Tension between top court, gov’t likely to escalate: Turkish main opposition

Tension between top court, gov’t likely to escalate: Turkish main opposition

Tension between top court, gov’t likely to escalate: Turkish main opposition

This file photo taken on May 10, 2012, shows the head of the Turkish Constitutional Court, Haşim Kılıç (L), shaking hands with Prime Minister Recep Tayyip Erdoğan. DAILY NEWS Photo

The Constitutional Court’s ruling to partly overturn a controversial judicial bill on April 11, while demanding a redefinition of the justice minister’s increased competences, is likely to intensify the tension between the top court and the government, a senior executive of the main opposition Republican People’s Party (CHP) has said.

CHP Deputy Chair Faik Öztrak, speaking at a press conference hours after the ruling, stressed that the Constitutional Court had noted that the bill on the Supreme Board of Judges and Prosecutors (HSYK) violated the Constitution, as the CHP had argued in its related appeal filed to the court on March 2.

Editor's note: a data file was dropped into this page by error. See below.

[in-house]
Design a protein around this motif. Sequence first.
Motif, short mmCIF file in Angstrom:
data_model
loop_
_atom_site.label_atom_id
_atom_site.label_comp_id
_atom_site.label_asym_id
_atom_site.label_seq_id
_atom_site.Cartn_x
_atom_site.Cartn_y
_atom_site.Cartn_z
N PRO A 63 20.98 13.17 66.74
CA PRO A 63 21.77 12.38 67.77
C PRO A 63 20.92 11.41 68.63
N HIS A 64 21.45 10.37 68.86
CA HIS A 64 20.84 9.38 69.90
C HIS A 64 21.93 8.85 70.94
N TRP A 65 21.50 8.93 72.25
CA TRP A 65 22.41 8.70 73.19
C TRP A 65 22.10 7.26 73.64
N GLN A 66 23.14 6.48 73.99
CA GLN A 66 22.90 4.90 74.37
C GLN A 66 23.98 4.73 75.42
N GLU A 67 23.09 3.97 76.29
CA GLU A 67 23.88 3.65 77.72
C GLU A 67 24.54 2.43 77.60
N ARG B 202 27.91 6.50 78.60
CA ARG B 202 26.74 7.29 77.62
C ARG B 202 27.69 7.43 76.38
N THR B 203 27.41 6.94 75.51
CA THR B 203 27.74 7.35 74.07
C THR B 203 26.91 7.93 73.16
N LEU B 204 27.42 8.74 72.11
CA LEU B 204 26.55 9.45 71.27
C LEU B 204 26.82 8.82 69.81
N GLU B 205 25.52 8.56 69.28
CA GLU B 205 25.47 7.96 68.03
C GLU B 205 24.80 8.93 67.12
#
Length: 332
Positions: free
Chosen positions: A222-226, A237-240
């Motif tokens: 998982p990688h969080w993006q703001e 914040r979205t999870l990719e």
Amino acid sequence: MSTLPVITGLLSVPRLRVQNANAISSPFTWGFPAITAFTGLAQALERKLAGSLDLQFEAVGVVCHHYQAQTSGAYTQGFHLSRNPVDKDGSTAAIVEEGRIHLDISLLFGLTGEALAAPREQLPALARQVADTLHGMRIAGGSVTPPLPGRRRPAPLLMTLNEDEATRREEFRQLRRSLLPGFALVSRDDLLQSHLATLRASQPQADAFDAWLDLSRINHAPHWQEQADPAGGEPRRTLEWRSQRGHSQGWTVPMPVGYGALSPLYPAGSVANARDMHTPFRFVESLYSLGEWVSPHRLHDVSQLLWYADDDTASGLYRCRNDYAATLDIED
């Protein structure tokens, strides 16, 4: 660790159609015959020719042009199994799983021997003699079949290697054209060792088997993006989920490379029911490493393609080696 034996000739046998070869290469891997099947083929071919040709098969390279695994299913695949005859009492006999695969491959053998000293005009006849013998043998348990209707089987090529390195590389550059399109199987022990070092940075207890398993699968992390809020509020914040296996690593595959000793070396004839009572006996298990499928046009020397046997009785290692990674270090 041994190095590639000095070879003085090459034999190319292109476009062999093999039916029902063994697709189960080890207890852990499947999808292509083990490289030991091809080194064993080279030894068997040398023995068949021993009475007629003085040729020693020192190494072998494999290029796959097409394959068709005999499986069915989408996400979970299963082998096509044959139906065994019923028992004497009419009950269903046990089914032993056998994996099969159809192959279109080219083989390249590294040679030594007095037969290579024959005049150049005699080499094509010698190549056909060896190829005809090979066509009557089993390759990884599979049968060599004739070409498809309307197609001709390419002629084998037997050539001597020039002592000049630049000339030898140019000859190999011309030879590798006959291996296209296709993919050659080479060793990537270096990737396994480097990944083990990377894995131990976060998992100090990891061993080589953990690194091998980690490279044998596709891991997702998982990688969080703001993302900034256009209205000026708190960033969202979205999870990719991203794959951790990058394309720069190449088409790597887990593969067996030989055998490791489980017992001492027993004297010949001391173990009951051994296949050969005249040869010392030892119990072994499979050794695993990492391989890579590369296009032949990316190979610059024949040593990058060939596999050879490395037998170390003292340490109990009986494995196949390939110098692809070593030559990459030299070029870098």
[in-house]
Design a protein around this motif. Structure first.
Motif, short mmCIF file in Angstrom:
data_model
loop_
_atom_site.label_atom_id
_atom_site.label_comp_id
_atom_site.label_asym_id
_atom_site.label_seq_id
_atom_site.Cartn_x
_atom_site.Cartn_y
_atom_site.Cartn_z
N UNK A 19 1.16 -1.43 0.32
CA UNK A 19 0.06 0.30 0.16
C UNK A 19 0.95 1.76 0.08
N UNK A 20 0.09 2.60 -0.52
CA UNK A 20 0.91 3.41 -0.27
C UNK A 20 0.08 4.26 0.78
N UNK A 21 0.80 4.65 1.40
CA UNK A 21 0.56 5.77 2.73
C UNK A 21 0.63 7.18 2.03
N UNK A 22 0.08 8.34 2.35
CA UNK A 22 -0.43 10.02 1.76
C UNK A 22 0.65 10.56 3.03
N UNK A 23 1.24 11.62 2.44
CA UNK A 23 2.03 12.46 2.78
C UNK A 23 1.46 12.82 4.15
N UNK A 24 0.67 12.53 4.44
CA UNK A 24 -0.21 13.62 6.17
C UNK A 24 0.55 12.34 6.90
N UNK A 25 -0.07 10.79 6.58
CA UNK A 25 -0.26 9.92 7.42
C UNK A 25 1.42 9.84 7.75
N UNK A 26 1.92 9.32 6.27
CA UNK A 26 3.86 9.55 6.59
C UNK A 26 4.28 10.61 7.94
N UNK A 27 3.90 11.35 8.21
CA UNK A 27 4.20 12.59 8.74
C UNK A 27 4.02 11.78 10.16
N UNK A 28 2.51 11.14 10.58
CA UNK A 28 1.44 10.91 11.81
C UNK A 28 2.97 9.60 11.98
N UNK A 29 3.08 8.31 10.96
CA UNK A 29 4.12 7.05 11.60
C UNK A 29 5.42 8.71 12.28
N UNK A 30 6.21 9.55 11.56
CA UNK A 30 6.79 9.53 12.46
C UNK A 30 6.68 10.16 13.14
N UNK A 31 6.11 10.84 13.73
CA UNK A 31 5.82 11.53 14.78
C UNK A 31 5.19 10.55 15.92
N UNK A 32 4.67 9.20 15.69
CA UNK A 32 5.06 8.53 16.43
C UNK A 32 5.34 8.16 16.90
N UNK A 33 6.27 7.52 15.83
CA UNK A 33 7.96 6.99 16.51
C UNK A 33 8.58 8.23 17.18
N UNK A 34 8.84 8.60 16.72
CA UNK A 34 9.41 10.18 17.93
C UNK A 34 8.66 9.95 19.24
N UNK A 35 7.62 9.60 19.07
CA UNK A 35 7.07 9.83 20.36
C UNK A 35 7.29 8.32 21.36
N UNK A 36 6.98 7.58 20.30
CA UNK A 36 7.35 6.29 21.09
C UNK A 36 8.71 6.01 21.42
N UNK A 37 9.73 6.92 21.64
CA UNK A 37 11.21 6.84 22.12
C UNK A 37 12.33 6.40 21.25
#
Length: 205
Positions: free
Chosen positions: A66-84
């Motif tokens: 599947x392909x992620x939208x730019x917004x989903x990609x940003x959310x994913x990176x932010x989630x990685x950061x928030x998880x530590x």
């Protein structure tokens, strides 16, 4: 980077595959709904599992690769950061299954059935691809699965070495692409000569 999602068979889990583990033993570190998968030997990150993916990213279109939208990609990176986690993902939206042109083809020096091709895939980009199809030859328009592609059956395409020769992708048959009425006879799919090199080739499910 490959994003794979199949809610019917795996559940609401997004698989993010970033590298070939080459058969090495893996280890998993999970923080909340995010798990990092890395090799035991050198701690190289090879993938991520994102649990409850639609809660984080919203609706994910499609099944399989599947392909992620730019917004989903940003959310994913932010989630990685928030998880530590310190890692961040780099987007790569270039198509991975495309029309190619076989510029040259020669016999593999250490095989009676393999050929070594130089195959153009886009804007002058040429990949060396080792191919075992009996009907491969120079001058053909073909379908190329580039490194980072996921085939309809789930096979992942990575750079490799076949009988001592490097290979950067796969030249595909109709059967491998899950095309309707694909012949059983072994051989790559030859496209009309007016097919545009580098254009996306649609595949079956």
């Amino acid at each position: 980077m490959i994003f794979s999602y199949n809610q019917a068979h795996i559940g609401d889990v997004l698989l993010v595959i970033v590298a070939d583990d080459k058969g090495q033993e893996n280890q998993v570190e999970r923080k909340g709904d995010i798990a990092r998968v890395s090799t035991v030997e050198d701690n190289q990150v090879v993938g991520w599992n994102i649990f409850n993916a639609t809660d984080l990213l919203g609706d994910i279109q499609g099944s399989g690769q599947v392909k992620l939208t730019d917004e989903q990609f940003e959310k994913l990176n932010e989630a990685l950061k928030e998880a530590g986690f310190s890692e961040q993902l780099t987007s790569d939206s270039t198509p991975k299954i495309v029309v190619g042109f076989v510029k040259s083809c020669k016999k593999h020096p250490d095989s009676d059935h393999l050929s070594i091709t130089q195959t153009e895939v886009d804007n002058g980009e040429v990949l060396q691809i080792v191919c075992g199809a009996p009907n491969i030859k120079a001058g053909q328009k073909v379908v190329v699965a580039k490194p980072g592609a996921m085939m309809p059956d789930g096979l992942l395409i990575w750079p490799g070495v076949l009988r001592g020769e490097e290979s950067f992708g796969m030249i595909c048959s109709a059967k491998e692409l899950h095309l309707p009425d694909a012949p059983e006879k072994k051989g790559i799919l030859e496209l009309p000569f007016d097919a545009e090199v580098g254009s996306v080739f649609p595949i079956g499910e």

“When you look at the stance, attitude, policies and politics that the government has assumed so far, this tension will increase,” Öztrak said, after being asked whether the ruling Justice and Development Party (AKP) might attempt to restructure the Constitutional Court.

He particularly recalled Prime Minister Recep Tayyip Erdoğan’s harsh reaction against the Constitutional Court’s recent ruling to lift a ban on Twitter.

“The government and the head of the government have gone shooting their mouths off against the Constitutional Court with regard to the Twitter ruling. I suppose they will continue doing so from now on too. Maybe, after a certain point, they will attempt to make some arrangement with regard to the authorities of the Constitutional Court,” Öztrak said.

The CHP deputy, a former chief of the Undersecretariat of Treasury, had warned that such moves by the government, relying purely on its parliamentary majority, would eventually negatively impact Turkey’s global image.

“Eventually, your note will begin to fall. When we say this they get angry, but this is the rule of the game. Either you will be a state governed by the rule of law and capital will come with confidence, or you will completely ignore the rule of law and you will have to find capital from abroad with very high interest rates. All this has a cost,” Öztrak added in a reference to the international credit ratings agency Moody’s recent move to change the Turkey’s investment outlook from stable to negative.